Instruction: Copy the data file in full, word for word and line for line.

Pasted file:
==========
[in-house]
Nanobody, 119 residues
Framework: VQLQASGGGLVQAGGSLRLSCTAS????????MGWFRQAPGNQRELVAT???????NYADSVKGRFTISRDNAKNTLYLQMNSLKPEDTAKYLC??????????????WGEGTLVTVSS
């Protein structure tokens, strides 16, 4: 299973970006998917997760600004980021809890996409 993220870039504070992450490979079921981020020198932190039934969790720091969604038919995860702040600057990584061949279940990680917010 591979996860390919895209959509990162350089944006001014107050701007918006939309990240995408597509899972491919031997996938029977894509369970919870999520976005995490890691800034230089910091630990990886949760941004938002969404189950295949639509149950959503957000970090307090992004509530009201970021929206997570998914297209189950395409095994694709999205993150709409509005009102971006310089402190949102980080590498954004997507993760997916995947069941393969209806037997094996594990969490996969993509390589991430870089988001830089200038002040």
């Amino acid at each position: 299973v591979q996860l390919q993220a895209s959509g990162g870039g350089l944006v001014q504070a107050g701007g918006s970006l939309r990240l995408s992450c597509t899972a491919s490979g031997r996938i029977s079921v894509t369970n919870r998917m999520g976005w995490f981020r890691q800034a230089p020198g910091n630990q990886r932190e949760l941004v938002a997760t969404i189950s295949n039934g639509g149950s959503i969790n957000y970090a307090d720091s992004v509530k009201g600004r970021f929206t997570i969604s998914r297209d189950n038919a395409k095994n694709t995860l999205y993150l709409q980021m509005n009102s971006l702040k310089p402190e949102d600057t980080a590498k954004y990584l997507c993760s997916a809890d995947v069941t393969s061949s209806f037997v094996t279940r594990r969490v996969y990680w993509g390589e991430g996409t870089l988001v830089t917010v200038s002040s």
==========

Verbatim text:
[in-house]
Nanobody, 119 residues
Framework: VQLQASGGGLVQAGGSLRLSCTAS????????MGWFRQAPGNQRELVAT???????NYADSVKGRFTISRDNAKNTLYLQMNSLKPEDTAKYLC??????????????WGEGTLVTVSS
């Protein structure tokens, strides 16, 4: 299973970006998917997760600004980021809890996409 993220870039504070992450490979079921981020020198932190039934969790720091969604038919995860702040600057990584061949279940990680917010 591979996860390919895209959509990162350089944006001014107050701007918006939309990240995408597509899972491919031997996938029977894509369970919870999520976005995490890691800034230089910091630990990886949760941004938002969404189950295949639509149950959503957000970090307090992004509530009201970021929206997570998914297209189950395409095994694709999205993150709409509005009102971006310089402190949102980080590498954004997507993760997916995947069941393969209806037997094996594990969490996969993509390589991430870089988001830089200038002040």
């Amino acid at each position: 299973v591979q996860l390919q993220a895209s959509g990162g870039g350089l944006v001014q504070a107050g701007g918006s970006l939309r990240l995408s992450c597509t899972a491919s490979g031997r996938i029977s079921v894509t369970n919870r998917m999520g976005w995490f981020r890691q800034a230089p020198g910091n630990q990886r932190e949760l941004v938002a997760t969404i189950s295949n039934g639509g149950s959503i969790n957000y970090a307090d720091s992004v509530k009201g600004r970021f929206t997570i969604s998914r297209d189950n038919a395409k095994n694709t995860l999205y993150l709409q980021m509005n009102s971006l702040k310089p402190e949102d600057t980080a590498k954004y990584l997507c993760s997916a809890d995947v069941t393969s061949s209806f037997v094996t279940r594990r969490v996969y990680w993509g390589e991430g996409t870089l988001v830089t917010v200038s002040s």